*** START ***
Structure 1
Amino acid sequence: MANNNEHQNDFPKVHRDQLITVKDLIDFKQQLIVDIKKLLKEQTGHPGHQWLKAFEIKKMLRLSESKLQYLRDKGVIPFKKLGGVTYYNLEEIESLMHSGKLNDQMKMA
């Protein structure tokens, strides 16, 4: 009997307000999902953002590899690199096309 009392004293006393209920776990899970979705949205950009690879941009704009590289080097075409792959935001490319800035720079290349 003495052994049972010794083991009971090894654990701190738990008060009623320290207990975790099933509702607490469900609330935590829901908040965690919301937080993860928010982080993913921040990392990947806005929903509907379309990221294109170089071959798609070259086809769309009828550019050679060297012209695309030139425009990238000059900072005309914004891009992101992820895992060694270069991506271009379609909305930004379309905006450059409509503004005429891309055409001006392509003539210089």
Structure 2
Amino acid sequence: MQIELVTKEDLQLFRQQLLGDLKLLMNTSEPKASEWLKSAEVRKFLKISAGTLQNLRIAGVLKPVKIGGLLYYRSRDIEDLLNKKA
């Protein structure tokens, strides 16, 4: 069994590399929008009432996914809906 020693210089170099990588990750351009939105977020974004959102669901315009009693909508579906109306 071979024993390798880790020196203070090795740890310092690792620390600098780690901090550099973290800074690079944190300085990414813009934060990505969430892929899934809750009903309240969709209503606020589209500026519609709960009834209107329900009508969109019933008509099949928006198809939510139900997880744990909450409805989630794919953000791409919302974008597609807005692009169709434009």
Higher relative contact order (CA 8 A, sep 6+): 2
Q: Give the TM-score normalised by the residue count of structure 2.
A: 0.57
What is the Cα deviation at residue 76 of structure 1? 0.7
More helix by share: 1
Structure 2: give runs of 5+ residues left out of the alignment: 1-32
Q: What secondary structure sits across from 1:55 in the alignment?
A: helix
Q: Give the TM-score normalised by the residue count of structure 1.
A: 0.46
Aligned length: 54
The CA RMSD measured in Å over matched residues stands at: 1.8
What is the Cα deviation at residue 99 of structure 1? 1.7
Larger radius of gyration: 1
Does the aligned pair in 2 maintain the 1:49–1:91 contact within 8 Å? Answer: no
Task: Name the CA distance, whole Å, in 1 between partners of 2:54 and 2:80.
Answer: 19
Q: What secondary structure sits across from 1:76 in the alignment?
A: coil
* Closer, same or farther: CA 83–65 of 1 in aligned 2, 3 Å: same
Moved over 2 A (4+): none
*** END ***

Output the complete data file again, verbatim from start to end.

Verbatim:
Structure 1
Amino acid sequence: MANNNEHQNDFPKVHRDQLITVKDLIDFKQQLIVDIKKLLKEQTGHPGHQWLKAFEIKKMLRLSESKLQYLRDKGVIPFKKLGGVTYYNLEEIESLMHSGKLNDQMKMA
């Protein structure tokens, strides 16, 4: 009997307000999902953002590899690199096309 009392004293006393209920776990899970979705949205950009690879941009704009590289080097075409792959935001490319800035720079290349 003495052994049972010794083991009971090894654990701190738990008060009623320290207990975790099933509702607490469900609330935590829901908040965690919301937080993860928010982080993913921040990392990947806005929903509907379309990221294109170089071959798609070259086809769309009828550019050679060297012209695309030139425009990238000059900072005309914004891009992101992820895992060694270069991506271009379609909305930004379309905006450059409509503004005429891309055409001006392509003539210089």
Structure 2
Amino acid sequence: MQIELVTKEDLQLFRQQLLGDLKLLMNTSEPKASEWLKSAEVRKFLKISAGTLQNLRIAGVLKPVKIGGLLYYRSRDIEDLLNKKA
């Protein structure tokens, strides 16, 4: 069994590399929008009432996914809906 020693210089170099990588990750351009939105977020974004959102669901315009009693909508579906109306 071979024993390798880790020196203070090795740890310092690792620390600098780690901090550099973290800074690079944190300085990414813009934060990505969430892929899934809750009903309240969709209503606020589209500026519609709960009834209107329900009508969109019933008509099949928006198809939510139900997880744990909450409805989630794919953000791409919302974008597609807005692009169709434009």
Higher relative contact order (CA 8 A, sep 6+): 2
Q: Give the TM-score normalised by the residue count of structure 2.
A: 0.57
What is the Cα deviation at residue 76 of structure 1? 0.7
More helix by share: 1
Structure 2: give runs of 5+ residues left out of the alignment: 1-32
Q: What secondary structure sits across from 1:55 in the alignment?
A: helix
Q: Give the TM-score normalised by the residue count of structure 1.
A: 0.46
Aligned length: 54
The CA RMSD measured in Å over matched residues stands at: 1.8
What is the Cα deviation at residue 99 of structure 1? 1.7
Larger radius of gyration: 1
Does the aligned pair in 2 maintain the 1:49–1:91 contact within 8 Å? Answer: no
Task: Name the CA distance, whole Å, in 1 between partners of 2:54 and 2:80.
Answer: 19
Q: What secondary structure sits across from 1:76 in the alignment?
A: coil
* Closer, same or farther: CA 83–65 of 1 in aligned 2, 3 Å: same
Moved over 2 A (4+): none